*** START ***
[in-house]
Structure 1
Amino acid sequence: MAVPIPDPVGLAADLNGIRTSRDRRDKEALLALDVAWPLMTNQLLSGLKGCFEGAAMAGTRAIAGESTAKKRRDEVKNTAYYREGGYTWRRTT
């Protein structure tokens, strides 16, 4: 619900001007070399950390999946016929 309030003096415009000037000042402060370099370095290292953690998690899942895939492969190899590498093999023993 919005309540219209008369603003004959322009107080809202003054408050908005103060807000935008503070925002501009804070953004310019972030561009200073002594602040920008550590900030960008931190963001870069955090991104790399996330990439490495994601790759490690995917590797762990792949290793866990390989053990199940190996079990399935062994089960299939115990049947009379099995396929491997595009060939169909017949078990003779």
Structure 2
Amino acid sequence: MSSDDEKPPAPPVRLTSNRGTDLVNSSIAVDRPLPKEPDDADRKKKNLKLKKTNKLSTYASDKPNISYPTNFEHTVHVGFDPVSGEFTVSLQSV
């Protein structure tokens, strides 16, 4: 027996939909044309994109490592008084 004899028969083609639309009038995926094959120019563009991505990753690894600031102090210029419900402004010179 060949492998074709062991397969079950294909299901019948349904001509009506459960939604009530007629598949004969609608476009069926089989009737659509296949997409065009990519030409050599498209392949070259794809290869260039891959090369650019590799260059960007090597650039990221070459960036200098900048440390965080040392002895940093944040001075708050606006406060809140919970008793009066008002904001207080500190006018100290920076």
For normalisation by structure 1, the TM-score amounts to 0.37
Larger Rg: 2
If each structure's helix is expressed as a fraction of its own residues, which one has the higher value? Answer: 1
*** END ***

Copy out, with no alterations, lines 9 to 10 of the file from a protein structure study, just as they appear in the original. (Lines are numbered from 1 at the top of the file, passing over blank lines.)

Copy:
Larger Rg: 2
If each structure's helix is expressed as a fraction of its own residues, which one has the higher value? Answer: 1